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Saturday’s UFC 258 was a fairly thin pay-per-view offering, at least in terms of divisional relevance and familiar names, even before losing two fights in the 72 hours before go time. With Jim Miller vs. Bobby Green and Gillian Robertson vs. Miranda Maverick off the card, the onus was on Kamaru Usman and Gilbert Burns more than ever to put on a show worth our—checks notes—70 dollars.
While it’s up to the customers to decide whether UFC 258 was a suitable test case for the Ultimate Fighting Championship’s newest price hike, the two friends and onetime teammates who faced off in the main event did their part and then some, putting on the most riveting welterweight title fight the Octagon has seen in several years. As always, from the curtain-jerker to the headliner, some fighters raised their stock while others saw it plummet. Here is the stock report for UFC 258: Usman vs. Burns.
Kamaru Usman: Facing his most dangerous title challenger — probably his most dangerous Octagon opponent, period — “The Nigerian Nightmare” put on a magnificent performance. In his third-round TKO victory over former teammate Gilbert Burns, Usman displayed the poise and confidence that have long characterized his game, while at the same time displaying some of the new stylistic wrinkles he has been developing under the tutelage of Trevor Wittman. Even those of us who expected Usman to prevail on Saturday probably did not expect him to do so without needing to employ the elite wrestling or crushingly heavy clinch work that brought him to the pinnacle of the division. Instead, Usman weathered an early sequence in which the challenger rocked him badly with several clean overhand rights, recovered and then won a nearly pure standup battle. In particular, Usman’s jab, which has long been a solid tool for the champ, has been honed into a serious weapon, one which he used to sit Burns down on multiple occasions, from both stances. It should give future challengers pause that the 33-year-old champ is showing new ways to win even as he shoulders his way towards the divisional GOAT spot occupied by George St. Pierre (for the record, Usman and anyone else is still quite a way off from overtaking “GSP”).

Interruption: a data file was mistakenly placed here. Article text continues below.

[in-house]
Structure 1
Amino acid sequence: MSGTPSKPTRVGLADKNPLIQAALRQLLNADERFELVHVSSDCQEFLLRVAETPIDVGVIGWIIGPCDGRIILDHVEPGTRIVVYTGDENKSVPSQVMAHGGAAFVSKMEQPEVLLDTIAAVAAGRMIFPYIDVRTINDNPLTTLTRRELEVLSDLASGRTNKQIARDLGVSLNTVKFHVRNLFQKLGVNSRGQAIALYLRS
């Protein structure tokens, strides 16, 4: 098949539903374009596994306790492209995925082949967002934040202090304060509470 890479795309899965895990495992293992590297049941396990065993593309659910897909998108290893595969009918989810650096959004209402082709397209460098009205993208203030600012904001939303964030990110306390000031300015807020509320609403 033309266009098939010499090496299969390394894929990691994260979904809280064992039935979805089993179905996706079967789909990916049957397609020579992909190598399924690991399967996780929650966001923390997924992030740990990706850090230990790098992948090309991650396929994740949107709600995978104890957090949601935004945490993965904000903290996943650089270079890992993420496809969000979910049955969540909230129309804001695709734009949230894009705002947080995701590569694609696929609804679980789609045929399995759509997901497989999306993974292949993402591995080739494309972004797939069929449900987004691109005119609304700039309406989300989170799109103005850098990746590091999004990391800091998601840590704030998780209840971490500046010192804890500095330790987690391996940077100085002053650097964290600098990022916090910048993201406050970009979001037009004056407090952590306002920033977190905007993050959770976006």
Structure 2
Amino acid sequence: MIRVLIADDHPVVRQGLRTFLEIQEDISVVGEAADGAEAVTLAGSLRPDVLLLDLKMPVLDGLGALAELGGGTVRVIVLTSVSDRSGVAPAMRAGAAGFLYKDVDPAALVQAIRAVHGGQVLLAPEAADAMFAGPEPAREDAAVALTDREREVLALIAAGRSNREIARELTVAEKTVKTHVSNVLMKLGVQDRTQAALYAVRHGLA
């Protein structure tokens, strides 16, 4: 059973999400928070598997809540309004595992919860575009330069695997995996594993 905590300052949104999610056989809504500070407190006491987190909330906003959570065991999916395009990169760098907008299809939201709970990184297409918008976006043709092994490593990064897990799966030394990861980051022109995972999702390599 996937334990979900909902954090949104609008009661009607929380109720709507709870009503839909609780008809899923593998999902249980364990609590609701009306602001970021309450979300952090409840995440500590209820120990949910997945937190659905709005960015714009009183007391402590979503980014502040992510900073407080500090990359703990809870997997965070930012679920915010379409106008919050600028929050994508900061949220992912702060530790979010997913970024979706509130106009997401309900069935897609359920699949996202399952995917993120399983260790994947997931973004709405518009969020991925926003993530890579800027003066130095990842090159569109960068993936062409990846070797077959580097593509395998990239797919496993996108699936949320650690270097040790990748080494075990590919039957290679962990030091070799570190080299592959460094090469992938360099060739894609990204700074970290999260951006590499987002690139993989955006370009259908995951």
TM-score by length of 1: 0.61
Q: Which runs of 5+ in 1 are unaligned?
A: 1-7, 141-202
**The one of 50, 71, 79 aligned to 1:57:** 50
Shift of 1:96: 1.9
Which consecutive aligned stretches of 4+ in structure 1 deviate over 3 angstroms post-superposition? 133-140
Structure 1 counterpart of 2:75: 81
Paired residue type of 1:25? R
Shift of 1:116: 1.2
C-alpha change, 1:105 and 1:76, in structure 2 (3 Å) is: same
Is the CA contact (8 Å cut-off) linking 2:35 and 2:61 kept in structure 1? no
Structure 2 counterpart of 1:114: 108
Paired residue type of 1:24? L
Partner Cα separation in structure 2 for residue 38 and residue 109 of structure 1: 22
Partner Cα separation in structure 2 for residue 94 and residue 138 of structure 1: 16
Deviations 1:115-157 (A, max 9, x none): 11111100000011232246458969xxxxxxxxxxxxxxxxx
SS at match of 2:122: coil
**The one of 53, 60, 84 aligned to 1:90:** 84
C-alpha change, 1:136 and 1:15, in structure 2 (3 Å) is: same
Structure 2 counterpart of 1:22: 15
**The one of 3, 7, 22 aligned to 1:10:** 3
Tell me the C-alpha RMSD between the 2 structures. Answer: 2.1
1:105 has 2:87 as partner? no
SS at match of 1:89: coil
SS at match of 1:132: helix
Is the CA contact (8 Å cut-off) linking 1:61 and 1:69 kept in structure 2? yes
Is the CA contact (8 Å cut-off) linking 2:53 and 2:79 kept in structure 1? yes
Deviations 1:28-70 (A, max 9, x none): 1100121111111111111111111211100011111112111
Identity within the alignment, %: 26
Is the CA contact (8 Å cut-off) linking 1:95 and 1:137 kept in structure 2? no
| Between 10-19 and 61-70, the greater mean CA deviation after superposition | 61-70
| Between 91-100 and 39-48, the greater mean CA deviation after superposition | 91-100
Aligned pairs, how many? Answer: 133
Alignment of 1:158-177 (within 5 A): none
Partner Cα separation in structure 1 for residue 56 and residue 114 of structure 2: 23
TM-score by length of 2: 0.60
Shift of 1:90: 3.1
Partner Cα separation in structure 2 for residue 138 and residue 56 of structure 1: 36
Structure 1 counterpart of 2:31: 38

Alexa Grasso: Two fights into her venture at 125 pounds, Grasso has made a believer out of me. Her unanimous decision win over Ji Yeon Kim last August was an encouraging start, but Kim obliged Grasso with the kind of standup fight she prefers, and in any event is not known for brute physicality. Thus, the question remained of whether Grasso would be able to cope with bona fide flyweight bruisers who wanted to push her around. Enter Saturday’s opponent: Maycee Barber, who, whether or not you bought into her self-appointed mission to become the youngest UFC champ ever, is undeniably a big, strong, athletic 125-pounder who bullied her way to a 7-1 record in large part due to her physicality and aggression. Grasso passed the test with flying colors. It was no surprise that she got the best of the punch exchanges, tagging Barber with clean jabs and counters while Barber swung at air. However, it was a revelation to see Grasso owning the clinch, using underhooks and good head position to deny Barber the takedowns and dirty boxing that she had used to such great effect on other opponents. And perhaps most surprising of all was the grappling exchange that closed out the second round, in which Grasso threatened with an armbar from the bottom, swept to top position and worked for chokes until the horn sounded, with Grasso still in back control. While Grasso should probably get at least one more win before being matched up with a Top 15 opponent, the 27-year-old Mexican looks like a real threat in her new division, and may finally be ready to live up to the potential the UFC saw when it poached her from Invicta FC all the way back in 2016.